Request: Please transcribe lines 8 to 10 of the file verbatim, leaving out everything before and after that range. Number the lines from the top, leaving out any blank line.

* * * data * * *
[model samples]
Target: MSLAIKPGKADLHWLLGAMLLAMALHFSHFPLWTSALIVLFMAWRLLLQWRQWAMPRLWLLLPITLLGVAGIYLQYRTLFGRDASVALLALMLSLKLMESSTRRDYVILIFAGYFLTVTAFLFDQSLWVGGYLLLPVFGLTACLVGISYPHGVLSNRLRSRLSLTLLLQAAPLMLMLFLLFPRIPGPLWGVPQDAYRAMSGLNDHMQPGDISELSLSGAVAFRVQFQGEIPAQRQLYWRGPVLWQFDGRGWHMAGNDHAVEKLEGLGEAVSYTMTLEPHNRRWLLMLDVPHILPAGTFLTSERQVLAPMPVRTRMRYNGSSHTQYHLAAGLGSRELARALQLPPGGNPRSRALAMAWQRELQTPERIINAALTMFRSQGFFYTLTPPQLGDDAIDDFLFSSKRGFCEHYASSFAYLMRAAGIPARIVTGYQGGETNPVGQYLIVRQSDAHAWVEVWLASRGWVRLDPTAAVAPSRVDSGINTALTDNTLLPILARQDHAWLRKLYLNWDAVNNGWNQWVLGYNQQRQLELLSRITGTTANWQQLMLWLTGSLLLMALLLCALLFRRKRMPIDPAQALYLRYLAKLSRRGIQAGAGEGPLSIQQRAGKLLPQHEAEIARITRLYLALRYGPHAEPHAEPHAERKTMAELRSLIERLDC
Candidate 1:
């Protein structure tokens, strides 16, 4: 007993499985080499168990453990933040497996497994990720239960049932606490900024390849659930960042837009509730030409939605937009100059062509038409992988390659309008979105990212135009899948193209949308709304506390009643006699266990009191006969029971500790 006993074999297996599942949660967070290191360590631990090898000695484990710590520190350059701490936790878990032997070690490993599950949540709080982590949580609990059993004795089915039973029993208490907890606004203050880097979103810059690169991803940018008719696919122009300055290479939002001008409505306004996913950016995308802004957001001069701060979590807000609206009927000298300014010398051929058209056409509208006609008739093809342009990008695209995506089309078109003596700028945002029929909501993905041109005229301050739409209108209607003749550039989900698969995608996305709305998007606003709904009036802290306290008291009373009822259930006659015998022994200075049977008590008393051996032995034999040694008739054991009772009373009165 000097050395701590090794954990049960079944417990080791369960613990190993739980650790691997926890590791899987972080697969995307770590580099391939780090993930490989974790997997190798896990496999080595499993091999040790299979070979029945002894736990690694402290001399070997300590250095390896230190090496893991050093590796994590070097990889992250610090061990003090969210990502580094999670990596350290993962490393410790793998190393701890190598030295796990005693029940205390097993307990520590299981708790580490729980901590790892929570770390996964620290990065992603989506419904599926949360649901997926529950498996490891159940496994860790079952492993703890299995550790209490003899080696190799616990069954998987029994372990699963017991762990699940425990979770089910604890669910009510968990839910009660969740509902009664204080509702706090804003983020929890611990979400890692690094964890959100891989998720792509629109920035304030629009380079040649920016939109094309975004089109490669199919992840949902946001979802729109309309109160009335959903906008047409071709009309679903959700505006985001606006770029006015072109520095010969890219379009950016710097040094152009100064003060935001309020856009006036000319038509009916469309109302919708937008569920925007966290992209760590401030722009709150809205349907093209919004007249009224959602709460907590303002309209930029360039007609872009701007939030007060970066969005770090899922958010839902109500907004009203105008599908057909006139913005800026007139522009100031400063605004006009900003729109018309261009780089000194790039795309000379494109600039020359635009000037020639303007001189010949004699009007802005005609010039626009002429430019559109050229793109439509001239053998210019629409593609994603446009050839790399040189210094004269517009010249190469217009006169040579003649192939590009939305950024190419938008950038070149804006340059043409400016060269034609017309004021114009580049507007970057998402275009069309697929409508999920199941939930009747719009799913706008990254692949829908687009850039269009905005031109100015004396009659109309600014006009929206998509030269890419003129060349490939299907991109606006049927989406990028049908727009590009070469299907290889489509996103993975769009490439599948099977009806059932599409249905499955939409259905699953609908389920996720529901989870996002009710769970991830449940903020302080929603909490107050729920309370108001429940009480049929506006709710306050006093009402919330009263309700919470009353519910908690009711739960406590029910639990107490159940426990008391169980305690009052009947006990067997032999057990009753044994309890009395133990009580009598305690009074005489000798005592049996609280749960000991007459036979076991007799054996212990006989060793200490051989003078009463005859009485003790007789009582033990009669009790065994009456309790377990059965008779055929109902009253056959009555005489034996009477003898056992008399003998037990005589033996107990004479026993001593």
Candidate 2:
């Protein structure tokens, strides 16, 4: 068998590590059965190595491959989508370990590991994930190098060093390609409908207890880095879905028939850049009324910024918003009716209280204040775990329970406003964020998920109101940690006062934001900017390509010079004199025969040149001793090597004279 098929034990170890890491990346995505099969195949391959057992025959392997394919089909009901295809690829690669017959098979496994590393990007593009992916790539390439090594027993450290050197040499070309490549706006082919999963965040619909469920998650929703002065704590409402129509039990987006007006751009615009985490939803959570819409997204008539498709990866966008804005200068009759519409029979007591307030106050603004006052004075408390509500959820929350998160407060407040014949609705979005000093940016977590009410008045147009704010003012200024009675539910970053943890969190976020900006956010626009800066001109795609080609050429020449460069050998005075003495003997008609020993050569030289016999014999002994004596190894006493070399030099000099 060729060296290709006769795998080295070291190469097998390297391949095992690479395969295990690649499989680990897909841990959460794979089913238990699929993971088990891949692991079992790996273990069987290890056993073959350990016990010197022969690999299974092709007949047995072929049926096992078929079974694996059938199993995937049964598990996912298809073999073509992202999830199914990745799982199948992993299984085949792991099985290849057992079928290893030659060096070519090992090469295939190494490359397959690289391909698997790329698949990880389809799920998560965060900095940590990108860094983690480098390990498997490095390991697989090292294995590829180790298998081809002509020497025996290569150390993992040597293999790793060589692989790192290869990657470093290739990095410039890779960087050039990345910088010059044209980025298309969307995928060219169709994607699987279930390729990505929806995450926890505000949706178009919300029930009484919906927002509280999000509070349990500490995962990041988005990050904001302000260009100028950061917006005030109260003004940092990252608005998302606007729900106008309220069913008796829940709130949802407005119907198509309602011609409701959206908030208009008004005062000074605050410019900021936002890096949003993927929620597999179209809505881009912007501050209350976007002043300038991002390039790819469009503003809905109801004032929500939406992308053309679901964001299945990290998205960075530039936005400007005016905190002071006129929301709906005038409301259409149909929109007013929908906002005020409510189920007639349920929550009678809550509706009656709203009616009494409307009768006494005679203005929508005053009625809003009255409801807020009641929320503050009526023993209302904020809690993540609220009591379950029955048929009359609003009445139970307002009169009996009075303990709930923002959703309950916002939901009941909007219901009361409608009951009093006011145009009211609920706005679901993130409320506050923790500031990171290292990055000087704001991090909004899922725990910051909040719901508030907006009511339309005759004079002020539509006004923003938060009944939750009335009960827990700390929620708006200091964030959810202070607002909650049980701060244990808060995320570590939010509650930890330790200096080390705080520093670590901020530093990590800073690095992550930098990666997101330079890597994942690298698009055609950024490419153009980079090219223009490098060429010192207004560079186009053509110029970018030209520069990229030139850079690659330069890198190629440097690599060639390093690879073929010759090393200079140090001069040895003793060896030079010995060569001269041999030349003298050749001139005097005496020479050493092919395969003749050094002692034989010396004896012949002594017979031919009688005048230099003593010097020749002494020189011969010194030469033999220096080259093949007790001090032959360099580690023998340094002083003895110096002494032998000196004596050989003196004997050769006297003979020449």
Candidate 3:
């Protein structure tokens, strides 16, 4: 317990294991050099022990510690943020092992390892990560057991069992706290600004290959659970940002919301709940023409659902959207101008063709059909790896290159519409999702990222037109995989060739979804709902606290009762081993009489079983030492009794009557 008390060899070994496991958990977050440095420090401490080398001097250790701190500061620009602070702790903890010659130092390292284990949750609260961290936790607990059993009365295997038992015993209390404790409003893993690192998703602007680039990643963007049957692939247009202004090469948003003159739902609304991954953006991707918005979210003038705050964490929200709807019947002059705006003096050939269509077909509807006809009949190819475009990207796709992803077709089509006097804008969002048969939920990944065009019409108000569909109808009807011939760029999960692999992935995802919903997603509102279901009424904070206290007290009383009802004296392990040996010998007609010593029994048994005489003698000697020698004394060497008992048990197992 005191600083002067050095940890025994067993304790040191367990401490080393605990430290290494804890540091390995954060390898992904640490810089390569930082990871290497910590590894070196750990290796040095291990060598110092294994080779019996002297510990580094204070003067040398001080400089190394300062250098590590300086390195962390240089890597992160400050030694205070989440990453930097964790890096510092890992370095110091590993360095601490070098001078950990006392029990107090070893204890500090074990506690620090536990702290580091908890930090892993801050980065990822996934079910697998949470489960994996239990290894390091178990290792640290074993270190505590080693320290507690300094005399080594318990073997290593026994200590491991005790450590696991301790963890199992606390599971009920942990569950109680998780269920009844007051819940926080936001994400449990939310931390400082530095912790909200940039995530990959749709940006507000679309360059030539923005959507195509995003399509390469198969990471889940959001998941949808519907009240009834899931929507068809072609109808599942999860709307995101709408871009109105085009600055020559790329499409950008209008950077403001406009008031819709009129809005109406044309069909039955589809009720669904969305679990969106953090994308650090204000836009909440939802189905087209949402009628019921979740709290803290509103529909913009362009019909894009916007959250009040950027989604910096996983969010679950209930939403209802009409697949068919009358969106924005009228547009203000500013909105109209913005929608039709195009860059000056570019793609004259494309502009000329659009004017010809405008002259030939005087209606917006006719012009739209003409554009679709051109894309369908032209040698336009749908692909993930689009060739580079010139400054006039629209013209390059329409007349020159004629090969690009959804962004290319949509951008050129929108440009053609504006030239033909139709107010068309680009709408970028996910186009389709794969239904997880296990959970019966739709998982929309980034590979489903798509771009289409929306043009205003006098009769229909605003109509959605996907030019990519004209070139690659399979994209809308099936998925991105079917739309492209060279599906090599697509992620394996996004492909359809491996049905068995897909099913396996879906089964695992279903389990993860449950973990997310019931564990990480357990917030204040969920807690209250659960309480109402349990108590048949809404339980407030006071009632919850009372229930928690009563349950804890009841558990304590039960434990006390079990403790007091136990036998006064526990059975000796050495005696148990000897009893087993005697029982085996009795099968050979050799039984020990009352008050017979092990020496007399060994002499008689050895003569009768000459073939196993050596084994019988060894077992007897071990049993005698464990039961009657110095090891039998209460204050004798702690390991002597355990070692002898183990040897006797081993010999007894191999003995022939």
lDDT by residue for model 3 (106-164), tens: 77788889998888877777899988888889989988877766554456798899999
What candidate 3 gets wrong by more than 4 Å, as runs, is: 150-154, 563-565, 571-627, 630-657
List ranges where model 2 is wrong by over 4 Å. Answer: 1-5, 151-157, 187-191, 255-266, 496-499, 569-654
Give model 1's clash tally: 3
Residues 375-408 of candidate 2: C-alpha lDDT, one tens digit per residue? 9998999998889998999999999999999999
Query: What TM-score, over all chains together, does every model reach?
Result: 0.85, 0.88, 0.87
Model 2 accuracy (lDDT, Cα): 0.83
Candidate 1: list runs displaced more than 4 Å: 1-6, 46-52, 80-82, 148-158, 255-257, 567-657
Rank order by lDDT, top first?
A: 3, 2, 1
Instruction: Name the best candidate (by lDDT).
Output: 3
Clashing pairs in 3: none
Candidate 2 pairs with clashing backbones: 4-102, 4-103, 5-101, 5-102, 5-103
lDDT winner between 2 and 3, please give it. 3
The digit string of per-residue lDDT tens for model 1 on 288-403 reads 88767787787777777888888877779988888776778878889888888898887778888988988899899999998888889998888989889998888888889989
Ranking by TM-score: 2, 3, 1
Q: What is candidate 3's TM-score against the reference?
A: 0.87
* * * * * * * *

């Protein structure tokens, strides 16, 4: 317990294991050099022990510690943020092992390892990560057991069992706290600004290959659970940002919301709940023409659902959207101008063709059909790896290159519409999702990222037109995989060739979804709902606290009762081993009489079983030492009794009557 008390060899070994496991958990977050440095420090401490080398001097250790701190500061620009602070702790903890010659130092390292284990949750609260961290936790607990059993009365295997038992015993209390404790409003893993690192998703602007680039990643963007049957692939247009202004090469948003003159739902609304991954953006991707918005979210003038705050964490929200709807019947002059705006003096050939269509077909509807006809009949190819475009990207796709992803077709089509006097804008969002048969939920990944065009019409108000569909109808009807011939760029999960692999992935995802919903997603509102279901009424904070206290007290009383009802004296392990040996010998007609010593029994048994005489003698000697020698004394060497008992048990197992 005191600083002067050095940890025994067993304790040191367990401490080393605990430290290494804890540091390995954060390898992904640490810089390569930082990871290497910590590894070196750990290796040095291990060598110092294994080779019996002297510990580094204070003067040398001080400089190394300062250098590590300086390195962390240089890597992160400050030694205070989440990453930097964790890096510092890992370095110091590993360095601490070098001078950990006392029990107090070893204890500090074990506690620090536990702290580091908890930090892993801050980065990822996934079910697998949470489960994996239990290894390091178990290792640290074993270190505590080693320290507690300094005399080594318990073997290593026994200590491991005790450590696991301790963890199992606390599971009920942990569950109680998780269920009844007051819940926080936001994400449990939310931390400082530095912790909200940039995530990959749709940006507000679309360059030539923005959507195509995003399509390469198969990471889940959001998941949808519907009240009834899931929507068809072609109808599942999860709307995101709408871009109105085009600055020559790329499409950008209008950077403001406009008031819709009129809005109406044309069909039955589809009720669904969305679990969106953090994308650090204000836009909440939802189905087209949402009628019921979740709290803290509103529909913009362009019909894009916007959250009040950027989604910096996983969010679950209930939403209802009409697949068919009358969106924005009228547009203000500013909105109209913005929608039709195009860059000056570019793609004259494309502009000329659009004017010809405008002259030939005087209606917006006719012009739209003409554009679709051109894309369908032209040698336009749908692909993930689009060739580079010139400054006039629209013209390059329409007349020159004629090969690009959804962004290319949509951008050129929108440009053609504006030239033909139709107010068309680009709408970028996910186009389709794969239904997880296990959970019966739709998982929309980034590979489903798509771009289409929306043009205003006098009769229909605003109509959605996907030019990519004209070139690659399979994209809308099936998925991105079917739309492209060279599906090599697509992620394996996004492909359809491996049905068995897909099913396996879906089964695992279903389990993860449950973990997310019931564990990480357990917030204040969920807690209250659960309480109402349990108590048949809404339980407030006071009632919850009372229930928690009563349950804890009841558990304590039960434990006390079990403790007091136990036998006064526990059975000796050495005696148990000897009893087993005697029982085996009795099968050979050799039984020990009352008050017979092990020496007399060994002499008689050895003569009768000459073939196993050596084994019988060894077992007897071990049993005698464990039961009657110095090891039998209460204050004798702690390991002597355990070692002898183990040897006797081993010999007894191999003995022939």
lDDT by residue for model 3 (106-164), tens: 77788889998888877777899988888889989988877766554456798899999
What candidate 3 gets wrong by more than 4 Å, as runs, is: 150-154, 563-565, 571-627, 630-657